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Where have all the wild turkeys gone?

Published: December 3, 2010
Section: Opinions


As you walk around campus, one is bound to overhear questions of students passing by; some about class, some about lunch dates, some about whether Jason hooked up with another freshman. You become inundated with news, gossip and other useless information. However, while walking through the castle earlier today, I overheard a question that I have found to be too valuable to ignore. This question, not only, affects all of us as Brandeisians, but also the greater community of Waltham. The question was: Where have all of the wild turkeys gone? Currently, although the answer to this question remains unknown, I do have some theories that may comfort the masses who are obviously concerned with the disappearance of our bird friends.

By far the biggest news on campus is the loss of the beloved Brandeis turkeys, even if there are those anti-animal activists that are glad and may possibly be responsible for their disappearance. But let’s not point any fingers before we go into the facts themselves. It is very ironic that the turkeys have seemed to disappear so close to the great celebration of the Pilgrims on Thanksgiving. The last time that I heard about a sighting of these turkeys was on Monday, Nov. 29, when my Professor Jacob “Jerry” Cohen (AMST) discussed a brief encounter with the turkeys at Lemberg Children’s Center. He expressed his concerns about the safety of the children as well as the prospective danger of these Turkeys. He seemed to be interested in how the Brandeis administration plans on dealing with the turkeys and whether or not action should be taken. Only after hearing about the turkey’s migration to the Library, was Professor Cohen comforted once more.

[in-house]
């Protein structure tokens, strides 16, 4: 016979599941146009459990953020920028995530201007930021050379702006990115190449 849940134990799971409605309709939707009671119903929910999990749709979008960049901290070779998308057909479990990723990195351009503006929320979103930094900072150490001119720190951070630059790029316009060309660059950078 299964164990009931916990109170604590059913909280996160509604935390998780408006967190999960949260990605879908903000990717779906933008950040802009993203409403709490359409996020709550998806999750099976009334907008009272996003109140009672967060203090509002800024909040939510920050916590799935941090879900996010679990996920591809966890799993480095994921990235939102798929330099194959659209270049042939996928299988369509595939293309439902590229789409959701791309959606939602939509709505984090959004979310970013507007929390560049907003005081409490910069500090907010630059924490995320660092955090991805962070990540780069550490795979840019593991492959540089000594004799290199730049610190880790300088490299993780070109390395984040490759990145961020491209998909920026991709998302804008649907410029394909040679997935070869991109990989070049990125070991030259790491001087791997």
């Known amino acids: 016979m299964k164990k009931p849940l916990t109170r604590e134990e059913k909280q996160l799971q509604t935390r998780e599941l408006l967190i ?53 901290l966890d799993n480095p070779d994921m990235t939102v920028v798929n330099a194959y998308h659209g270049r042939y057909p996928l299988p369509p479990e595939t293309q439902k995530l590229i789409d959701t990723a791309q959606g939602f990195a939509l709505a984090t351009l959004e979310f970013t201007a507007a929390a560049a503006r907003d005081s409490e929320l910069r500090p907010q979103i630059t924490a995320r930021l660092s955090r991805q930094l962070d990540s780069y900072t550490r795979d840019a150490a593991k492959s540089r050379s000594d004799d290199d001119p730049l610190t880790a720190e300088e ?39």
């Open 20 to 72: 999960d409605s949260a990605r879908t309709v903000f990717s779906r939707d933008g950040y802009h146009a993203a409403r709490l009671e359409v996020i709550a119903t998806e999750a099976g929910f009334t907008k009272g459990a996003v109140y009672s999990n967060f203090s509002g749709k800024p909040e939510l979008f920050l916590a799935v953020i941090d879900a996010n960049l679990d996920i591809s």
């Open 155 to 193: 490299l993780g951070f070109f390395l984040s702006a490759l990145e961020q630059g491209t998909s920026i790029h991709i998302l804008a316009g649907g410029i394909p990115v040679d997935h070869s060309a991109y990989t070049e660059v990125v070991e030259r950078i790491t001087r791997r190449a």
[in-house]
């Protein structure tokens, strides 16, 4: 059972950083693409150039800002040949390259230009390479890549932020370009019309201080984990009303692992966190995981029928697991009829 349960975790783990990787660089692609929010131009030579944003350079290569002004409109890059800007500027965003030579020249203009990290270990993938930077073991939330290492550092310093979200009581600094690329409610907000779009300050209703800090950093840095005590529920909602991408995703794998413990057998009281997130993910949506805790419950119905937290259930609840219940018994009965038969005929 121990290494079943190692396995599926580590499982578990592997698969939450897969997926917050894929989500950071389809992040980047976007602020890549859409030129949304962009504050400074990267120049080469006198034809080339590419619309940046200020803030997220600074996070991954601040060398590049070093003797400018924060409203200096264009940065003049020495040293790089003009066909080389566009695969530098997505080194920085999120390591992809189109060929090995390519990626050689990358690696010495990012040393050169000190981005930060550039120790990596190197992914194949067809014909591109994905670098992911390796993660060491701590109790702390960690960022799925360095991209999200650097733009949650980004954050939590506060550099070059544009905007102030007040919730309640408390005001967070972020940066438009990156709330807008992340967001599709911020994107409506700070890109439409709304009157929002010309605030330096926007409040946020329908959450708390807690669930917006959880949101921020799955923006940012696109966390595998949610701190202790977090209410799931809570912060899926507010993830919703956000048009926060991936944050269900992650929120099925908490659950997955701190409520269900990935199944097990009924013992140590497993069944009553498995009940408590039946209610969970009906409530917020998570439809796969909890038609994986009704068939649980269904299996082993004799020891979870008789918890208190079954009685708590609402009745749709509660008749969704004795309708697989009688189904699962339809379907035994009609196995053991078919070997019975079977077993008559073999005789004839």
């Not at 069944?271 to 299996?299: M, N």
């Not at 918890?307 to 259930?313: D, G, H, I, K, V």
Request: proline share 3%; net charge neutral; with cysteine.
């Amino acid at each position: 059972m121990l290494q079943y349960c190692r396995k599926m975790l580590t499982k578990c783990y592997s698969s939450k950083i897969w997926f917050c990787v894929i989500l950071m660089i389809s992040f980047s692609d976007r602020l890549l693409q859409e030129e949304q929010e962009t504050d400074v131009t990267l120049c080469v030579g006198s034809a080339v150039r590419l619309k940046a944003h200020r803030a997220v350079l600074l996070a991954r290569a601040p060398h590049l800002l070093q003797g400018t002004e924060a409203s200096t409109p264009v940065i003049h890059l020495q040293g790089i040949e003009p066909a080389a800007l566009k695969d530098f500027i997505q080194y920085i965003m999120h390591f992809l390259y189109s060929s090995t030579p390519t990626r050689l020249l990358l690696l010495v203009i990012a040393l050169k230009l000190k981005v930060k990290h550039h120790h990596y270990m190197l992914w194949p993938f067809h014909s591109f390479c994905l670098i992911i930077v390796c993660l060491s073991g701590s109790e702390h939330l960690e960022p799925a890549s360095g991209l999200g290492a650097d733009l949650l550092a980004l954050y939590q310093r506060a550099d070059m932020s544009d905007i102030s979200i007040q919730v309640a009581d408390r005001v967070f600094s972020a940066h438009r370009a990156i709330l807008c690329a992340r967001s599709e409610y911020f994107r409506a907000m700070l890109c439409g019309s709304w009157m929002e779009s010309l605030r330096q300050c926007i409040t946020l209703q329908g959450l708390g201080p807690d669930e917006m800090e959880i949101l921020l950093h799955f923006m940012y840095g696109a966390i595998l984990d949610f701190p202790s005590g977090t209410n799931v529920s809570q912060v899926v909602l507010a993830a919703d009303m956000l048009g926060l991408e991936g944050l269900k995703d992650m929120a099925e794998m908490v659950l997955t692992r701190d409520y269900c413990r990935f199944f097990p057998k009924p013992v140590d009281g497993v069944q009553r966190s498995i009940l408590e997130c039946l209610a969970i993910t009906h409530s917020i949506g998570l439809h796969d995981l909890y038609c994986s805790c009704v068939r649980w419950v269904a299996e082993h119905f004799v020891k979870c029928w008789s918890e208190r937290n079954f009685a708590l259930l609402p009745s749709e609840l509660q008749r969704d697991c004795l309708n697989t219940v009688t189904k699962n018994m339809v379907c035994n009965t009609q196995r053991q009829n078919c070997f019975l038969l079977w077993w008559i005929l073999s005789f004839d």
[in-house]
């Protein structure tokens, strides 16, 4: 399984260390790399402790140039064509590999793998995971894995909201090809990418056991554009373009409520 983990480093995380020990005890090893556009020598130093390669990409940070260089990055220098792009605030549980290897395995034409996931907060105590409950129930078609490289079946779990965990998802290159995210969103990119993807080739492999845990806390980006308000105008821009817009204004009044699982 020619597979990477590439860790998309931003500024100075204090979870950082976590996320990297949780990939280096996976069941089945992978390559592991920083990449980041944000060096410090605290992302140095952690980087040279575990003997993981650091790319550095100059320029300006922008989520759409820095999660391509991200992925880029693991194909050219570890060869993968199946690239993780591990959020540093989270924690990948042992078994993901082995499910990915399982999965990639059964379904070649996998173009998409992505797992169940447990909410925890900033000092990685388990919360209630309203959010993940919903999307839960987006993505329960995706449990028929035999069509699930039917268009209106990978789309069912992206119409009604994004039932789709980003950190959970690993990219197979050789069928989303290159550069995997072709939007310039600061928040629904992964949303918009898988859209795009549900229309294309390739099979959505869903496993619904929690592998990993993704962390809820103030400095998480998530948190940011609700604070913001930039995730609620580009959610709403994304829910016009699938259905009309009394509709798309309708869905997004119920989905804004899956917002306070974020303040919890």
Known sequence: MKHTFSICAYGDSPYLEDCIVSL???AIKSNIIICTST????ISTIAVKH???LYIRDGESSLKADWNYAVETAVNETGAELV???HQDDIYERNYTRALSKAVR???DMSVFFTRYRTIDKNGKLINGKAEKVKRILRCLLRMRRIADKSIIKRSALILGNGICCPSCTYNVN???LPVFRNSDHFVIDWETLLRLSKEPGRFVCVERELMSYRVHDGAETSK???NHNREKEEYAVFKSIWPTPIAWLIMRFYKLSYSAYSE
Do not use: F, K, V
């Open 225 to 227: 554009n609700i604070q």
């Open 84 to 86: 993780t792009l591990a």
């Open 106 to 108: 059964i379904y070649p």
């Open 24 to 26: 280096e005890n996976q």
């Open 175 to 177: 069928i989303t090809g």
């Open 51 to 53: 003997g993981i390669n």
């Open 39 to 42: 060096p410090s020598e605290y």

One student posed an interesting theory of her concerns and ideas of the disappearance of the turkeys. Lisa Drikman ’13 cited Thanksgiving as a possible reason, however, her theory delved deeper than this. Over Thanksgiving break, most students tend to go home and spend the holiday with their families, leaving Brandeis campus looking like a ghost town. This, she says, is the optimal time for the local townies or Walthamites to invade campus and hunt the helpless turkeys to add the centerpiece to their Thanksgiving dinners. Once, they’ve got what they want, they leave, leaving the campus devoid of its luscious poultry. It’s obvious, she says.

However, a few questions are left unanswered. Are the presence of wild turkeys really a threat to the students or children on campus? Should the administration be the ones held responsible for removing said turkeys? Was Cohen responsible for the turkeys disappearing? Is there a way to safely deal with the turkey “issue” without affecting their well-being and without angering the animal activists on campus?

Although these are pressing questions, I personally am more concerned with the absence of the beautiful and graceful turkeys whose presence has always brought a smile to my face. Lately, campus has not been the same, and that is not an understatement. The air has been thickened with grief with their loss. I, for one, am extremely crushed by this mysterious phenomenon.